7
Oct
2010
Community: Season 2, Episode 3
The Psychology of Letting Go
Jordan
So there's this thing. Its called death. And it happens to everyone. But no one particularly likes that fact, and indeed, many people try to deny it. Many movies, episodes of television, and even full series (like Six Feet Under, for example), are dedicated to the examination of death and people's reactions to it. This week, Community dabbled into the waters of inevitable mortality, and by my count, it did a pretty solid job of examining it from all angles. When Pierce's mother dies, death touches the study group, and everyone is affected by it--everyone save Pierce that is.

Pierce uses his New Age Buddhism to deal with his mother's death with one of the five stages, denial. He claims that his mother is going to be vaporized and later, re-injected into a new body so she can get back to making he and Troy sandwiches. Everyone in the group tries to deal with this fact in different ways--Shirley, Annie, and Britta begin by judging Pierce's weird beliefs, while Jeff preaches tolerance (mostly because he doesn't care). Yet when Jeff finds out that he has high cholesterol (from Patton Oswalt, returning as the cleverly named Nurse Jackie), he begins to recognize his own mortality, and in true Jeff fashion, decides its time to crush Pierce's delusions by showing him his mother's corpse on a slab. But of course, Jeff has grown as a person, and instead, after being confronted with a message left by Pierce's mother, Jeff takes Pierce and Troy for ice cream, realizing that life is fleeting, everybody dies, and he might as well enjoy his life. All of this is ground that's bee ncovered before, but that doesn't take away from how well Community handles it. Jeff is exactly the type of person who would heartily avoid admitting his own mortality, and Pierce's ridiculous religious beliefs have been played out before to good effect.

In a subplot that has also been tread before, but was also well handled, Annie and Britta have a confrontation that could only arise between, as Shirley calls them "skinny white bitches." As the two try to get people to donate to clean up after the oil spill, Britta tries to argue people into donating (as one guy puts it, "You don't have to yell at us. Nobody is on the other side of this issue.") and Annie uses her naivety to seduce people into donating. The two fight over their varying methods, and it eventually devolves into an excellent sight gag of the two wrestling in oil. The resolution, which has them both explaining away their flings with Jeff, is a little too pat and seems to be aiming for restoring the status quo in a way that is odd for the series. However, I feel the writers want to dig themselves out of the hole of last year's finale, and I'm ok with it hitting the reset button in this case.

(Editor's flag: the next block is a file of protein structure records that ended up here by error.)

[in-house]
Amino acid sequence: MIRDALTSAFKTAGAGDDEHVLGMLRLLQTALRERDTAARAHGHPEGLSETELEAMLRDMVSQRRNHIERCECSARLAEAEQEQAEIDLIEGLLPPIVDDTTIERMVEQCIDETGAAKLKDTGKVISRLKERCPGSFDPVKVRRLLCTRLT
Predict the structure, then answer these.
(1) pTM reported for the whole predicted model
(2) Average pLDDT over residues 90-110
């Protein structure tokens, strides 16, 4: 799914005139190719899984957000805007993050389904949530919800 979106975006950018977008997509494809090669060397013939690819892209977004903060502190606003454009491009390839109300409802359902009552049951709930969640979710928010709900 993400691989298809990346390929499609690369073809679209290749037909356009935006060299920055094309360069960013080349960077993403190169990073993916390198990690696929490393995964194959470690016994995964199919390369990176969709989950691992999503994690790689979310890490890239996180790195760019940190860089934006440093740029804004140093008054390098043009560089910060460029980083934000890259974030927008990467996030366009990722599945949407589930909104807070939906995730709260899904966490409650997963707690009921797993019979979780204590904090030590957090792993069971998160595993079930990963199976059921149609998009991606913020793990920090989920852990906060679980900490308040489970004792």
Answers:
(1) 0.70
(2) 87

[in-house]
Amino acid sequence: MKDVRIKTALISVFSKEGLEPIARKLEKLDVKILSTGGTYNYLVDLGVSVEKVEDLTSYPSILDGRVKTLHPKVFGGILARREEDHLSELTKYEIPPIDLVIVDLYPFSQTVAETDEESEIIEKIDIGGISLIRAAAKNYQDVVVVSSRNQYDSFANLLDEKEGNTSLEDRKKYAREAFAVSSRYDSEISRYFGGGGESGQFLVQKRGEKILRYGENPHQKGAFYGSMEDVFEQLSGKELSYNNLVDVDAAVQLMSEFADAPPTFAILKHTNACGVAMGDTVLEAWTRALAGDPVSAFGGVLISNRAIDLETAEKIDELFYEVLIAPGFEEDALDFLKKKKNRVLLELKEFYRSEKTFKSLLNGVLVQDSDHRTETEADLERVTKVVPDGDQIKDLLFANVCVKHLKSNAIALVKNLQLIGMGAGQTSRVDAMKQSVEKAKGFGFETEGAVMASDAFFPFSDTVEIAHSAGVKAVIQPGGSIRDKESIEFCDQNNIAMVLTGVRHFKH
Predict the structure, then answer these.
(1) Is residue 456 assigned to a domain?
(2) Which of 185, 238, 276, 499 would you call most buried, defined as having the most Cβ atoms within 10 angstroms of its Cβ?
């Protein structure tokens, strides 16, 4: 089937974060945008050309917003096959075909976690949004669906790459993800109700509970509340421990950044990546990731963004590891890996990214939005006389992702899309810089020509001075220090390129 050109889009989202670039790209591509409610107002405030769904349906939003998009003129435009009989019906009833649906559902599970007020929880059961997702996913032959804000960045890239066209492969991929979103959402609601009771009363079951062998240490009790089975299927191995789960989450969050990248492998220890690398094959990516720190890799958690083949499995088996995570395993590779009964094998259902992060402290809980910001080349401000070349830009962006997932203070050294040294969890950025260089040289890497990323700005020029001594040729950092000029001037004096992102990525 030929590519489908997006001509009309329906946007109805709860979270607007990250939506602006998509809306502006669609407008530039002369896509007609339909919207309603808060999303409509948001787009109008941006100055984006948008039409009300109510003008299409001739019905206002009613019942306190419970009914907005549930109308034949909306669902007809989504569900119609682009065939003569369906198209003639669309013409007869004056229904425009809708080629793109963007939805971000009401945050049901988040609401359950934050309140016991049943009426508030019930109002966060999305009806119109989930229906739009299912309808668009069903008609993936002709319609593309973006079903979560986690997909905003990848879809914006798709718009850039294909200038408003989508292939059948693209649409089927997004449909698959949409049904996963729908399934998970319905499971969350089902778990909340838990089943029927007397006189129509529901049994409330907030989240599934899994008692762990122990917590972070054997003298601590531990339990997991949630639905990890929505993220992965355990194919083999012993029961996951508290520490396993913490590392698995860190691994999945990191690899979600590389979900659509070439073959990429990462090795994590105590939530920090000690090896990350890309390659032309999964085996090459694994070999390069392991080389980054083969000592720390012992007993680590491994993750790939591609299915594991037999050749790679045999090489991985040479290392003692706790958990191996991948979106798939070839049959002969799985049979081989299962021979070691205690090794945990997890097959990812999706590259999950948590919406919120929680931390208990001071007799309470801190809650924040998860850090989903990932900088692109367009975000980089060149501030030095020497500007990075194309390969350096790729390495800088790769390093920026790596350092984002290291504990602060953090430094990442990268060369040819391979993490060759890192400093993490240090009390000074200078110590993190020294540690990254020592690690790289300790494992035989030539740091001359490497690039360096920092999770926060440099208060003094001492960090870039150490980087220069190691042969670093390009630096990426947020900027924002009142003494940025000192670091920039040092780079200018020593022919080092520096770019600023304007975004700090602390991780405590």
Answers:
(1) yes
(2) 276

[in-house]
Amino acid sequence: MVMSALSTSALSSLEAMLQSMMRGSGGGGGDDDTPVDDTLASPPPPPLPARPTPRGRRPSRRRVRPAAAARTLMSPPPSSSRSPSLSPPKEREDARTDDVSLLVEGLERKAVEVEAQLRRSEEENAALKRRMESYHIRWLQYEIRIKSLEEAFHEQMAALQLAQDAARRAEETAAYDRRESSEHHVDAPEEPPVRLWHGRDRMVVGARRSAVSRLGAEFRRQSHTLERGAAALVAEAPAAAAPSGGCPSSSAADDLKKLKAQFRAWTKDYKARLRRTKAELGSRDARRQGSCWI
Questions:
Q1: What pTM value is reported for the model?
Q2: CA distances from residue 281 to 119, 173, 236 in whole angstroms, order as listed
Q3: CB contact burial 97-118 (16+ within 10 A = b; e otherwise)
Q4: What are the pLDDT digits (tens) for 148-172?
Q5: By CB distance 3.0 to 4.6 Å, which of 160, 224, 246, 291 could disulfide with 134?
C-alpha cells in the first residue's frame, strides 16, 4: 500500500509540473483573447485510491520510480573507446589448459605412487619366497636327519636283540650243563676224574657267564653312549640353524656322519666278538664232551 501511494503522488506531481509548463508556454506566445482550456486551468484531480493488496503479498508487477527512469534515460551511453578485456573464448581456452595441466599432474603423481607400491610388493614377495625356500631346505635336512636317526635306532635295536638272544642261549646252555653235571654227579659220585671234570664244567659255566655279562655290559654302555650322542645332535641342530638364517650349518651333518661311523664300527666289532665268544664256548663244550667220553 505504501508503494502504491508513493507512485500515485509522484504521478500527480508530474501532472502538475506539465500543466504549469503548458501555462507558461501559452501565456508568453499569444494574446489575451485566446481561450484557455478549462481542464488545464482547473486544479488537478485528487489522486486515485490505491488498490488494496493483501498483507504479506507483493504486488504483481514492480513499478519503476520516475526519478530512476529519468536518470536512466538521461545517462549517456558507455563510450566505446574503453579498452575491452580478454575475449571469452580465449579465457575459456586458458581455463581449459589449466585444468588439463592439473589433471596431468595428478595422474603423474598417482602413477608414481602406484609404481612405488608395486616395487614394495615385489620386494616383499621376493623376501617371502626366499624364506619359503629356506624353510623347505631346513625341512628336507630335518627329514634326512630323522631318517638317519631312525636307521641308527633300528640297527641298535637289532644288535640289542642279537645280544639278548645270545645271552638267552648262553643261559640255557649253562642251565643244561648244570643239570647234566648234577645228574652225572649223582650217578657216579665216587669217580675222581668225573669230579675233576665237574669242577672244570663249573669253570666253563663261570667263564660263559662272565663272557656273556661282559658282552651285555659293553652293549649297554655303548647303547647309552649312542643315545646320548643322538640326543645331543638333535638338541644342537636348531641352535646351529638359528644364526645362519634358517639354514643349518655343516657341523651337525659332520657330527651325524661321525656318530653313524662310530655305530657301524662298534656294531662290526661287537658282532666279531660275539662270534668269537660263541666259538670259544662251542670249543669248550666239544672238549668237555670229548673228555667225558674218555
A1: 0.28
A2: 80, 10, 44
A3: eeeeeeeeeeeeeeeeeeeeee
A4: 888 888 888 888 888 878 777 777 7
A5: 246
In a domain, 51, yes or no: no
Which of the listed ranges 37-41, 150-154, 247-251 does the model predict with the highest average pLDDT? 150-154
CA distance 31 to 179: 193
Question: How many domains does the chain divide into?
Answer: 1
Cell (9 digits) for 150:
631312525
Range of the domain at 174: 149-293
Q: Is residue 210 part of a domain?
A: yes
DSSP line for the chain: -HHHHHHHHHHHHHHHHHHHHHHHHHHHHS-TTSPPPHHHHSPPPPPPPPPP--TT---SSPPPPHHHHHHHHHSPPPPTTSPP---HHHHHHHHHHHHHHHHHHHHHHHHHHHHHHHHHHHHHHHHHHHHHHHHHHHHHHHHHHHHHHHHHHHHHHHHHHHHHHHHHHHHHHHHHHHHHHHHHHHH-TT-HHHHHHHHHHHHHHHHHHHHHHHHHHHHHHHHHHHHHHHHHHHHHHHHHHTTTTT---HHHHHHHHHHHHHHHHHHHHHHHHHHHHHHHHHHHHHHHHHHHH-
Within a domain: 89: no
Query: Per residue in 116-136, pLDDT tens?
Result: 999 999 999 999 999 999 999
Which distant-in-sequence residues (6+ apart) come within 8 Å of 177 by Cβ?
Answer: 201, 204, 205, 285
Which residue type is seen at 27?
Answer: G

For additional bonus points, John Oliver returned tonight, subbing in for Betty White, who is on paid academic leave after trying to strangle Jeff in the premiere (though she does cameo again in the blip, debating the plot of inception with an African tribe). Oliver may not appear that often, but he makes the most of it when he does, as he spends tonight toying with Chang, using his restraining order to force Chang around. One of this show's strengths is its surprisingly large cast of recurring players, including Oswalt and Oliver, and bringing them back every once in a while enriches the world of Greendale while also providing additional laughs. "The Psychology of Letting Go" succeeds not be breaking barriers or treading on new ground, but by taking well worn themes and making them feel fresh again. And it did it even with an Abed-lite episode (though the observant viewer might have noticed that Abed was off battling death in his own way by helping a pregnant woman around, and even eventually delivering her baby in the back of an SUV, playing with tv tropes even when he wasn't given much to do). All in all, Community knows what its doing ,even when its doing things we've seen before.

Grade: A-

Notes:

-"I'm so glad this tragedy overshadowed Haiti. I didn't have any ideas for that."

-"She's used up her organic body." "...by dying in it."

-"Who's normal Abed?" "Well, Baptists are, but that's beside the point."

-"Also, you're free from the burden of your earthly bosy." "It IS a burden." I love how quickly Troy got on board with Pierce's religion. Another great moment: "What? I want to eat a ghost!"

-"So what is anthropology? Seriously, does anybody know?"

-"Wait, did I accidentally tell you you have AIDS? Because I've done that before..."

-"Alright, let's get going. These paps aren't going to smear themselves."

-"We all have notions that we're the exception, but we're as wrong as we are dead."

-"If a guy wants to make a puppet of me, that's hardly your concern."

"Life ends with death, which we are cursed with knowing. This is called...something. Again, this isn't my field."

-"I think you're being a little childish. Hold on a second, I need to use my forcefield to prevent Chang from getting food."

-"Goodbye. I'll play myself out..."
Tags: Community
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